Kurt Angle had all the pedigree to make it as a professional wrestler. Not many would have predicted just how good he’d become so quickly.
On November 14th, 1999, Kurt Angle made his World Wrestling Federation debut at Survivor Series defeating Shawn Stasiak. Some believed Angle would be treated as a conquering hero based on his background and history. Instead the gold medalist would be booed by the Detroit crowd. The future WWE Hall of Famer showed great instincts in hopping on the mic mid-match to tell the fans not to boo an Olympic hero.
He would go on to have a rookie year that is considered the greatest of all time by many. Between Survivor Series 1999 and Survivor Series 2000, Angle captured the European, Intercontinental, and WWF Heavyweight championships and won the King of the Ring. He won his first world championship at No Mercy 2000 by besting the Rock in a No Disqualification match. Angle would hold the title into 2001, before dropping it back to the Rock at No Way Out.
His wrestling talent was obvious from the beginning. It was the emergence of his charisma and comedic talents in the year 2000 that made Angle into the complete package. Angle aligned himself with Edge and Christian and produced some of the funniest promos in the federation. His portrayal as a delusional goof made for an interesting contrast to the intensity and precision he possessed between the ropes.
When WCW and ECW came knocking during the Invasion, Angle was properly turned face for the first time in his professional career. He would turn and join the Alliance, only to be revealed as a “double agent”, helping win control for the WWF at Survivor Series by turning once again. His brief time in the Alliance did bless us with that famous skit with Stone Cold Steve Austin and a guitar:
In the first ever brand extension draft in 2002, Angle was the second pick by Vince McMahon’s SmackDown. Angle, alongside Edge, Chris Benoit, Rey Mysterio, and Chavo & Eddie Guerrero, would form the “SmackDown Six” through 2002 and 2003. The six would put on incredible matches and carry the brand with their feuds. Angle & Benoit were uneasy partners in winning the WWE Tag Team Championships, being the inaugural champions after a tournament.
Two of the most important WWE stars crossed Angle’s path during his these days as well. John Cena made his television debut against Angle in an open challenge, stating he had “ruthless aggression” and slapping Angle before losing to the Olympic gold medallist. Brock Lesnar would actually help Angle win his third WWE Championship over Big Show at Armageddon 2002, and then would win the title from Angle in the main event of Wrestlemania XIX in Seattle, Washington. The two would trade the title back and forth once more, including in an epic 60-minute Iron Man match on SmackDown in September 2003 with Lesnar emerging victorious. Angle would get another title match at a Wrestlemania, but fell short against Eddie Guerrero at Wrestlemania XX.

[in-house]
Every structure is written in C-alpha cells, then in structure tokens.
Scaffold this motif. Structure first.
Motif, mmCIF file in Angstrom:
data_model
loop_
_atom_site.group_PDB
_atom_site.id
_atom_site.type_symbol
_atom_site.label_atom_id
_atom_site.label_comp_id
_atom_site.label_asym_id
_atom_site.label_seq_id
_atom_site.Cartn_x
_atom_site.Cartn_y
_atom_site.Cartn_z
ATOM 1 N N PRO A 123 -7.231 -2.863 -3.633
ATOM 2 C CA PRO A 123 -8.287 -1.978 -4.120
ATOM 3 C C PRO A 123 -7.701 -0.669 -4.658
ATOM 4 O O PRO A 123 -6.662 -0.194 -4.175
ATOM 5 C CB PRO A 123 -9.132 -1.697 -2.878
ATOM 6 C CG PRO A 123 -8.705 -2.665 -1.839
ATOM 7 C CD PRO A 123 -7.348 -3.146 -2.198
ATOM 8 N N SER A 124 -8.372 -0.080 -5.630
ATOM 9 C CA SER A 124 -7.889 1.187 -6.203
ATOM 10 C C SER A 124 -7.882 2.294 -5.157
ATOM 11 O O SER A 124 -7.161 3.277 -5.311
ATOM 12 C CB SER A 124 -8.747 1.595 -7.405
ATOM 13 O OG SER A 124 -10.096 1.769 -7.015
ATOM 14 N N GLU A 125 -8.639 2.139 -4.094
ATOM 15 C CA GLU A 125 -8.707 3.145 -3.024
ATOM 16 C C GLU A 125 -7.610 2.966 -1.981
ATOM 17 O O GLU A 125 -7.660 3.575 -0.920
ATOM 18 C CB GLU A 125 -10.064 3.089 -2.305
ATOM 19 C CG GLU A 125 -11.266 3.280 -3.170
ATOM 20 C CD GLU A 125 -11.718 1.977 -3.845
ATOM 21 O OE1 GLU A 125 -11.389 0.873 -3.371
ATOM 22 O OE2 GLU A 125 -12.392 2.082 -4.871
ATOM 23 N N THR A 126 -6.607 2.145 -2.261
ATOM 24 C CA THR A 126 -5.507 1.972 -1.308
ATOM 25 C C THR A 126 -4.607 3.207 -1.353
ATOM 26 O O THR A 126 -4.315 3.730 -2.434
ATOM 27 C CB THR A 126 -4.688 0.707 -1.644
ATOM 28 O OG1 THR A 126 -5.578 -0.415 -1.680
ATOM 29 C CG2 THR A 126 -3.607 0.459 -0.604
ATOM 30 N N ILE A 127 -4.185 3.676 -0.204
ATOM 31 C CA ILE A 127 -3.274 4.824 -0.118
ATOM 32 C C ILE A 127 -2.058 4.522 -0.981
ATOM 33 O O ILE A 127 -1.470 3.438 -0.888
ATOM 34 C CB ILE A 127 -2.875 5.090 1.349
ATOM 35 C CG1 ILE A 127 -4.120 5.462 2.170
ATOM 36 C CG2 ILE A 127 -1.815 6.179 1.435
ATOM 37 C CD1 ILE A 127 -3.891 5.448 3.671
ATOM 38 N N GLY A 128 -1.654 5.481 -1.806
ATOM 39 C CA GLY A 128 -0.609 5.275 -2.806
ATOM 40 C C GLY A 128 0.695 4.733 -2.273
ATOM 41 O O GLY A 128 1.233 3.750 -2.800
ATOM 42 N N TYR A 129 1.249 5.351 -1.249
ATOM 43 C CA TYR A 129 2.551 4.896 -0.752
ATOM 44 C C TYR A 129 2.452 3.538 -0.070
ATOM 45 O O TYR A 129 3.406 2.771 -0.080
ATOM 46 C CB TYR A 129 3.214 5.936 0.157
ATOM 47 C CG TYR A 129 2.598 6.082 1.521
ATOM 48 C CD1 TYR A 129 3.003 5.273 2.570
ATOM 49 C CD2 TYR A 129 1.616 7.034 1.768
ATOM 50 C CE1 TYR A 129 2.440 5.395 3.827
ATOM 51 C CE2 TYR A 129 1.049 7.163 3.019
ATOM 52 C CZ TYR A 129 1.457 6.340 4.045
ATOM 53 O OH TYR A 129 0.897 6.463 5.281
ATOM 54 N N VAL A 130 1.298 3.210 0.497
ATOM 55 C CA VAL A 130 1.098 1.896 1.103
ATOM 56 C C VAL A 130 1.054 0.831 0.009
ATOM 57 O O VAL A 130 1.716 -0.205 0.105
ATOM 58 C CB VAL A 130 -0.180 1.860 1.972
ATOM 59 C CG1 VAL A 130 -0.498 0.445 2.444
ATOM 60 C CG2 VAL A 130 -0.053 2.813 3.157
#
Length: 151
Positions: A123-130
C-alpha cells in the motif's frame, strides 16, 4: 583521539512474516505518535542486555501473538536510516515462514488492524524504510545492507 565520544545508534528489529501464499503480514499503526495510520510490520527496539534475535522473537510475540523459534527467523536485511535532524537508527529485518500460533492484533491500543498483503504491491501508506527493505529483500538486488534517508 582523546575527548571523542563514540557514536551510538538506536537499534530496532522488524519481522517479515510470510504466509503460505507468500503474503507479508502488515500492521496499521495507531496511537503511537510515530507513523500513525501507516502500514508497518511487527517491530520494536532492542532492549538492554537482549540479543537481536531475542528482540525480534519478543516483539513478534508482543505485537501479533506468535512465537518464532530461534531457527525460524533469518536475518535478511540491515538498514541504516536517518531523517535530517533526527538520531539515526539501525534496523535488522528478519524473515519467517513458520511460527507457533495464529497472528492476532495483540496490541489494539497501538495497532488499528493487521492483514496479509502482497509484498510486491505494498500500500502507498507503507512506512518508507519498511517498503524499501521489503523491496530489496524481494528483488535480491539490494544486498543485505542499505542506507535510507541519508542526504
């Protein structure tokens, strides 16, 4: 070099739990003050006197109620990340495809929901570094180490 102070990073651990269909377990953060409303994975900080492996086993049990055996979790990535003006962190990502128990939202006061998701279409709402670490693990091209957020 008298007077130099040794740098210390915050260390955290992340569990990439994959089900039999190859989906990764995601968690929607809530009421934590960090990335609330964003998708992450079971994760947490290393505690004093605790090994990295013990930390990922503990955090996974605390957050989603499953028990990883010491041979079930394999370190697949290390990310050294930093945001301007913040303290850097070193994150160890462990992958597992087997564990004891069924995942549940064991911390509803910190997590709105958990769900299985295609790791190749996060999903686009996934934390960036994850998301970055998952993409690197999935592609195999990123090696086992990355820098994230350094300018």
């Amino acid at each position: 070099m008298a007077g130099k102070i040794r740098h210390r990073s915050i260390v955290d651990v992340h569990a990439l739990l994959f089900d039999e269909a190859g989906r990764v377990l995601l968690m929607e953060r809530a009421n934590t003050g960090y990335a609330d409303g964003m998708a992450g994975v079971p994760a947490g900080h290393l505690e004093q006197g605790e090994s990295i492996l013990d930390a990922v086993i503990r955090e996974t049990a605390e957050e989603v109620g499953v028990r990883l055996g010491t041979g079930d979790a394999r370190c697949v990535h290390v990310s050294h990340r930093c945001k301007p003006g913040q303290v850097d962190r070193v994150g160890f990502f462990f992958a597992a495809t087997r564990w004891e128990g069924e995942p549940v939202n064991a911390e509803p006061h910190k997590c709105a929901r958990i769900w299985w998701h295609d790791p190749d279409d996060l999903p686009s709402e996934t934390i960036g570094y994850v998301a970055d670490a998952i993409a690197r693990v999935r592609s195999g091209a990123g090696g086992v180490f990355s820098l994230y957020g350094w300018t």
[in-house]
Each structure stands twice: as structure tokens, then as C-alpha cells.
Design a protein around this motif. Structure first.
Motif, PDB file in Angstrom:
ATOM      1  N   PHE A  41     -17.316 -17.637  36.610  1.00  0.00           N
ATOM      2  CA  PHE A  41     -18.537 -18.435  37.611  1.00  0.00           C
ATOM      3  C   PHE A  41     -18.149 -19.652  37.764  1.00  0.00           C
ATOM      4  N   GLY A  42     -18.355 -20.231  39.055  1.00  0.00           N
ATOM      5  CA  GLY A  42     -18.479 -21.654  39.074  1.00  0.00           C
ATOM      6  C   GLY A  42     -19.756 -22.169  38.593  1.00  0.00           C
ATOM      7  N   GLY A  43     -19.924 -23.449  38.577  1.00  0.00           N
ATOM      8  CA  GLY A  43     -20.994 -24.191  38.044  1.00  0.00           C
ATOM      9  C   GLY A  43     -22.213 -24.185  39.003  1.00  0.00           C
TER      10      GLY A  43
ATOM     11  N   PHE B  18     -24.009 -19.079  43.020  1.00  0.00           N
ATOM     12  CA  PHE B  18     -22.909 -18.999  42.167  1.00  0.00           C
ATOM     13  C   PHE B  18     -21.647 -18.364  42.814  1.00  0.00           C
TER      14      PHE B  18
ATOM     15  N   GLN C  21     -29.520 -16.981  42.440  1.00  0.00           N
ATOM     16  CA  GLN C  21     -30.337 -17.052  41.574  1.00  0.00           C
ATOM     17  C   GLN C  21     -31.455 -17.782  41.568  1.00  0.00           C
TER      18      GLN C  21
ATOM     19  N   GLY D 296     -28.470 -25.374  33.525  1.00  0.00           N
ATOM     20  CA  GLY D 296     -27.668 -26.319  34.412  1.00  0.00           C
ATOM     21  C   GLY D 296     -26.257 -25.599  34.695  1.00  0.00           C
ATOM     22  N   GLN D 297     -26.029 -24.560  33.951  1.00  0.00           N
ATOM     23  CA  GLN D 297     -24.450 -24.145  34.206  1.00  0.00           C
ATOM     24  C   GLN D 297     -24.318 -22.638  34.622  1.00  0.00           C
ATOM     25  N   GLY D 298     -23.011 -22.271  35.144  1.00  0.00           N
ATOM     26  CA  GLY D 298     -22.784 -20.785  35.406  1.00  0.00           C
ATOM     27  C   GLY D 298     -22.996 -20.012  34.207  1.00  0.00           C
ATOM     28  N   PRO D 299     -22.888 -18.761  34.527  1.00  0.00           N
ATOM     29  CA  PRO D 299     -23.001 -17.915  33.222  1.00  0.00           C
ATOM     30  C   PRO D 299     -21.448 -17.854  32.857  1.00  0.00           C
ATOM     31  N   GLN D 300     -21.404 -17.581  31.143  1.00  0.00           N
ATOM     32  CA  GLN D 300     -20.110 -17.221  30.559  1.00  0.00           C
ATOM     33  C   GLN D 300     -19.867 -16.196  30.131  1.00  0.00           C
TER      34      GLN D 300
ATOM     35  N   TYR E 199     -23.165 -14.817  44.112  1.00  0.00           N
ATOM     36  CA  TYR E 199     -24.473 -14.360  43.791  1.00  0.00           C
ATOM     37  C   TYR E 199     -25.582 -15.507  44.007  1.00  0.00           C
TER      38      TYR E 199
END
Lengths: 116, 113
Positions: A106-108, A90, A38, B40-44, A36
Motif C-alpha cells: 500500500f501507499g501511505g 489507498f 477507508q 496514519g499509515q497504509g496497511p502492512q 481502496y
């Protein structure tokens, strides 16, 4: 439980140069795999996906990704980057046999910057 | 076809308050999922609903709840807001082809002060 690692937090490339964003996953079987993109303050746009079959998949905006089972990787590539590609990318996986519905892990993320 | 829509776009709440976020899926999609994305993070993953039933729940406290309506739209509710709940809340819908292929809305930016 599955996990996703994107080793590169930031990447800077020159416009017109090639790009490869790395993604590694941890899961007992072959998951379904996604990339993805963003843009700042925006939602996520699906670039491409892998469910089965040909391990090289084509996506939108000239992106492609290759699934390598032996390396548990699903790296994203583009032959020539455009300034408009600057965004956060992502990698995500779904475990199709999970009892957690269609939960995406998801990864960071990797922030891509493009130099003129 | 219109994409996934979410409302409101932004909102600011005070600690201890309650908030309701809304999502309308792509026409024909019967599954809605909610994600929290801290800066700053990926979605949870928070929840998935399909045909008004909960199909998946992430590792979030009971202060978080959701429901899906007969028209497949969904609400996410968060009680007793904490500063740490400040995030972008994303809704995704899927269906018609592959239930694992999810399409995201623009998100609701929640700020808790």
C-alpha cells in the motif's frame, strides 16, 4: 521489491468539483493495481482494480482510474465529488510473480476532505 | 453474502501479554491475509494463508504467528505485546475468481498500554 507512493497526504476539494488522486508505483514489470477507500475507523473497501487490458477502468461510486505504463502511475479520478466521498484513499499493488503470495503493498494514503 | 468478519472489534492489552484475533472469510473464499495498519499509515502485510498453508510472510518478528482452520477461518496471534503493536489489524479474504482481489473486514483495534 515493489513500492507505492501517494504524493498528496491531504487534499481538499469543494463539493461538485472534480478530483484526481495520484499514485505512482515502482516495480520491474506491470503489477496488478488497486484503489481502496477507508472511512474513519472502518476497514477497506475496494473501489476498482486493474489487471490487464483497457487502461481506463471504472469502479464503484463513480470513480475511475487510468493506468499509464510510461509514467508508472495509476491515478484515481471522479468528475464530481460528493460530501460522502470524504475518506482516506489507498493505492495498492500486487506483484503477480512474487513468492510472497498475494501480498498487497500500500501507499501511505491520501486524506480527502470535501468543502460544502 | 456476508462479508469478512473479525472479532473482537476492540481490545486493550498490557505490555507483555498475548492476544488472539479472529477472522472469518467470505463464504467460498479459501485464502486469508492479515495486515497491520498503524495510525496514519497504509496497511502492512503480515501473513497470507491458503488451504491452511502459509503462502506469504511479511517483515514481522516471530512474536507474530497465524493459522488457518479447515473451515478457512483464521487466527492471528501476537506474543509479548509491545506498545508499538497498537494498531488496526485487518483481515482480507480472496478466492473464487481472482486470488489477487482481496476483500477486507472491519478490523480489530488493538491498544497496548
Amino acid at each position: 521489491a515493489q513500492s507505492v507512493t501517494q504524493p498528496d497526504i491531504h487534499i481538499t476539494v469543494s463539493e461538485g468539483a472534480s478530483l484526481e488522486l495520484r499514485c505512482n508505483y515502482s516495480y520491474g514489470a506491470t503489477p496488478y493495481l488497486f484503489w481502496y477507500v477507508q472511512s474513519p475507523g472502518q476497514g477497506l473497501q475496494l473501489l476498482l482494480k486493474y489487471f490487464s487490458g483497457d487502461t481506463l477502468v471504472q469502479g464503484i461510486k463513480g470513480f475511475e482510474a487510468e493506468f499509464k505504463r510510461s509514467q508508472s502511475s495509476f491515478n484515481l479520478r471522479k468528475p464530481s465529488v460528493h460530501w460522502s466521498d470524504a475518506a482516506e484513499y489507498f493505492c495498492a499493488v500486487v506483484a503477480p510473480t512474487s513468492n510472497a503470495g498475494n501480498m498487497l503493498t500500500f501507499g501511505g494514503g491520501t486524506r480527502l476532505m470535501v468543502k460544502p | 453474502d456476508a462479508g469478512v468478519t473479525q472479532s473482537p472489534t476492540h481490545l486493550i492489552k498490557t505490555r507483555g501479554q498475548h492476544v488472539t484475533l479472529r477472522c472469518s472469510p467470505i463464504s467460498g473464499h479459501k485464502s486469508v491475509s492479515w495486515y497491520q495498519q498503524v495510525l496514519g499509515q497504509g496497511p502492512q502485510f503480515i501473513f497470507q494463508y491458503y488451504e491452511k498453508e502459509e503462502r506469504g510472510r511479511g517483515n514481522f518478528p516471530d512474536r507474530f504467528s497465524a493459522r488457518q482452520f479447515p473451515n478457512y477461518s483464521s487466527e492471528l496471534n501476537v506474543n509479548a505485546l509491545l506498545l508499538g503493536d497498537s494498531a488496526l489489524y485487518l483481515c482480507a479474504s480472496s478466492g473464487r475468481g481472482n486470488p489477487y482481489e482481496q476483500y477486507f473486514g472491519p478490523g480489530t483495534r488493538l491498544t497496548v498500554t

Angle would move on to one of his best rivalries with Shawn Michaels. The Heartbreak Kid would eliminate Angle quickly in the 2005 Royal Rumble, which caused Angle to focus his rage on Michaels. Angle would eliminate him from the Rumble, beat his old Rocker teammate Marty Janetty and Michaels’ old manager Sherri Martel. This culminated in a classic match at Wrestlemania 21 won by Angle.
A half-year stint on RAW and continuations of his feuds with Michaels and Cena would follow for the Olympic Hero. Angle would return to SmackDown as a surprise entrant in a battle royale for the vacant World Heavyweight Championship, which he would win. It would be the last world championship for him in the WWE.
Angle would wrap up his first run with the WWE by being drafted to the new ECW. Angle at this point had developed his “wrestling machine” persona. His matches in ECW involved him focusing on his wrestling prowess once again, bringing pure wrestling to the extreme promotion. After just under three months on the ECW roster, Angle would ask for and be granted his release from the WWE.
Seven years after his debut, Angle was gone from the WWE. He had been made a star and pushed to the moon under Vince McMahon’s roof. He had also sacrificed his body to make memorable performances and moments for fans to remember. His time in WWE would be finished for the time being, but Angle had a new landing spot to continue his career – Total Nonstop Action. That’s where our retrospective on Kurt Angle will pick up next time.
You can read the first part of our Kurt Angle retrospective here.